Hα, extreme-ultraviolet, and microwave observations of the 2000 March 22 solar flare and spontaneous magnetic reconnection

Jeongwoo Lee, Peter T. Gallagher, Dale Gary, Gelu Nita, G. S. Choe, Su Chan Bong, Hong Sik Yun

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15 Scopus citations


The evolution of a GOES class X1.1 solar flare, which occurred in NOAA Active Region 8910 on 2000 March 22, is discussed using observations from the Owens Valley Solar Array (OVSA), Big Bear Solar observatory (BBSO), Transition Region and Coronal Explorer (TRACE), and the Michelson Doppler Imager (MDI) on board Solar and Heliospheric Observatory (SOHO). During the impulsive phase, a set of coronal loops are visible in the TRACE 171 Å (∼1 × 106 K) wavelength band, which is confined to a small volume in the center of the large βγδ-type active region. This is rapidly followed by the emergence of bright Hα ribbons that coincide with the EUV emission. Radio images show a single source encompassing the Hα ribbons at 5 GHz, but at higher frequencies a double source is seen within the area bounded by the compact Hα and EUV emissions. We interpret the observation under the idea of the confined flare in contrast with the more commonly cited, eruptive flare. We use a schematic magnetic reconnection geometry based on the MDI magnetogram to suggest that the EUV loops show some parts of a separatrix, and that the radio and Hα sources coincide with the whole part of the separatrix and its footpoints, respectively. First of all, it explains why this flare lacks the separating motion of Hα ribbons, a signature for eruptive flares. Second, the very short duration of microwave bursts in spite of the large amount of soft X-ray flux is explicable under this scenario, since energy release via spontaneous reconnection in a confined magnetic structure can be very rapid. Third, the confined magnetic geometry is also considered favorable for preserving chromospheric evaporation and plasma turbulence as inferred from the OVSA microwave spectrum. In addition, a coronal mass ejection as detected in the LASCO coronagraph after this flare is briefly discussed in relation to the above flare model.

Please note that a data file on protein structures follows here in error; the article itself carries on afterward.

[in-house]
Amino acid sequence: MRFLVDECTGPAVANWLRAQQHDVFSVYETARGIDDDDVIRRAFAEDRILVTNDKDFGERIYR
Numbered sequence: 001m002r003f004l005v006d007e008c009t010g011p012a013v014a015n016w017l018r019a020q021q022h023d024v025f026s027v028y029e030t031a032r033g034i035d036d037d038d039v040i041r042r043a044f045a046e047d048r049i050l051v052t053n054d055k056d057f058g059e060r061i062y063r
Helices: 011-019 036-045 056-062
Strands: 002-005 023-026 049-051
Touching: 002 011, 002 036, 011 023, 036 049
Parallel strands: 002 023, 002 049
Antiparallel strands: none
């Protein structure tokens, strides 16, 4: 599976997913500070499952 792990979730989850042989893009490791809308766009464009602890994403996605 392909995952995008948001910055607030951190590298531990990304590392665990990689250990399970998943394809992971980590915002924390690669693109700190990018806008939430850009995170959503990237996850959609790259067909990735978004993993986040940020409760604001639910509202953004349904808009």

Original languageEnglish (US)
Pages (from-to)524-535
Number of pages12
JournalAstrophysical Journal
Issue number1 I
StatePublished - Mar 1 2003

All Science Journal Classification (ASJC) codes

  • Astronomy and Astrophysics
  • Space and Planetary Science


  • MHD
  • Radiation mechanisms: nonthermal
  • Sun: UV radiation
  • Sun: flares
  • Sun: magnetic fields
  • Sun: radio radiation


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